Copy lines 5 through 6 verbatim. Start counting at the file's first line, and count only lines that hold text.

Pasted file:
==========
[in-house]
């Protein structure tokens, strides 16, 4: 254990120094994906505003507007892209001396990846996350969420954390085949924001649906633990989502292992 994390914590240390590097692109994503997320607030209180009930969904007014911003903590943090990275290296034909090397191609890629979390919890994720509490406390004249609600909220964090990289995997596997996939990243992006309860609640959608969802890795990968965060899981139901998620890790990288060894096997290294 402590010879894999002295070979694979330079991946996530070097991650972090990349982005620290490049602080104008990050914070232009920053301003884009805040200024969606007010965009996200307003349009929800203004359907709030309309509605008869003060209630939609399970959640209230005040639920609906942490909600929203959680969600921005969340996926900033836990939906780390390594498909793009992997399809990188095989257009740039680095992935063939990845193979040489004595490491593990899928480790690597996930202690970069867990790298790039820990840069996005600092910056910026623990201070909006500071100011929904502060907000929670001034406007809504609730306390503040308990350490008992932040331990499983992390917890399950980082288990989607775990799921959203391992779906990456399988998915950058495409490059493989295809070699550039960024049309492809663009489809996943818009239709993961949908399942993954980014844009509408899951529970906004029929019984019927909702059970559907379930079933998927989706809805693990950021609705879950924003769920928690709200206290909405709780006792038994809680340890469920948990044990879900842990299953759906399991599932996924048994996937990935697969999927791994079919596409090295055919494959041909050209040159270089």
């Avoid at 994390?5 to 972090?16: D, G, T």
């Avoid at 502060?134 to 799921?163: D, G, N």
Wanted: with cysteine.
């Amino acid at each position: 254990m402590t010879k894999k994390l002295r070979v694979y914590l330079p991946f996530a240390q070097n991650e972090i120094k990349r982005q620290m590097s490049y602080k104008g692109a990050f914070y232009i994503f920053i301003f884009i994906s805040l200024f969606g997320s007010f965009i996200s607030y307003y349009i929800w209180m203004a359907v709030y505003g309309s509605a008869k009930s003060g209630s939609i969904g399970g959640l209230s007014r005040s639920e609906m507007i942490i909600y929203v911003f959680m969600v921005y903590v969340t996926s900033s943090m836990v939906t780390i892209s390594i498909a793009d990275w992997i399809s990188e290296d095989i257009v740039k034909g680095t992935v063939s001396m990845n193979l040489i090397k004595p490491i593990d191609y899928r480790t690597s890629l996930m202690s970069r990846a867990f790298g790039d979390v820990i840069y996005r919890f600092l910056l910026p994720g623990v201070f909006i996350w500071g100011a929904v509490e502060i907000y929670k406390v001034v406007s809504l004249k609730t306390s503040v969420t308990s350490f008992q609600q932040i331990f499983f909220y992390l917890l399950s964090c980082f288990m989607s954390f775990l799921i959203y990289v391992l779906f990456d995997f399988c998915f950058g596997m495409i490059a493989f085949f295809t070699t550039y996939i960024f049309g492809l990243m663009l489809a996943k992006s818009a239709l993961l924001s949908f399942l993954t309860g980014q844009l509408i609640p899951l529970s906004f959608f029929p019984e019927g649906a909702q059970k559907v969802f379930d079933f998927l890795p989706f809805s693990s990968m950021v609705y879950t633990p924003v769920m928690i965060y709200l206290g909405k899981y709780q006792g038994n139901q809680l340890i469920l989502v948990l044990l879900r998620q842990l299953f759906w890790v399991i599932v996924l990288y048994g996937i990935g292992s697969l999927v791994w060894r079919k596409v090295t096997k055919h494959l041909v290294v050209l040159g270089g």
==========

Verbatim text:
Wanted: with cysteine.
């Amino acid at each position: 254990m402590t010879k894999k994390l002295r070979v694979y914590l330079p991946f996530a240390q070097n991650e972090i120094k990349r982005q620290m590097s490049y602080k104008g692109a990050f914070y232009i994503f920053i301003f884009i994906s805040l200024f969606g997320s007010f965009i996200s607030y307003y349009i929800w209180m203004a359907v709030y505003g309309s509605a008869k009930s003060g209630s939609i969904g399970g959640l209230s007014r005040s639920e609906m507007i942490i909600y929203v911003f959680m969600v921005y903590v969340t996926s900033s943090m836990v939906t780390i892209s390594i498909a793009d990275w992997i399809s990188e290296d095989i257009v740039k034909g680095t992935v063939s001396m990845n193979l040489i090397k004595p490491i593990d191609y899928r480790t690597s890629l996930m202690s970069r990846a867990f790298g790039d979390v820990i840069y996005r919890f600092l910056l910026p994720g623990v201070f909006i996350w500071g100011a929904v509490e502060i907000y929670k406390v001034v406007s809504l004249k609730t306390s503040v969420t308990s350490f008992q609600q932040i331990f499983f909220y992390l917890l399950s964090c980082f288990m989607s954390f775990l799921i959203y990289v391992l779906f990456d995997f399988c998915f950058g596997m495409i490059a493989f085949f295809t070699t550039y996939i960024f049309g492809l990243m663009l489809a996943k992006s818009a239709l993961l924001s949908f399942l993954t309860g980014q844009l509408i609640p899951l529970s906004f959608f029929p019984e019927g649906a909702q059970k559907v969802f379930d079933f998927l890795p989706f809805s693990s990968m950021v609705y879950t633990p924003v769920m928690i965060y709200l206290g909405k899981y709780q006792g038994n139901q809680l340890i469920l989502v948990l044990l879900r998620q842990l299953f759906w890790v399991i599932v996924l990288y048994g996937i990935g292992s697969l999927v791994w060894r079919k596409v090295t096997k055919h494959l041909v290294v050209l040159g270089g």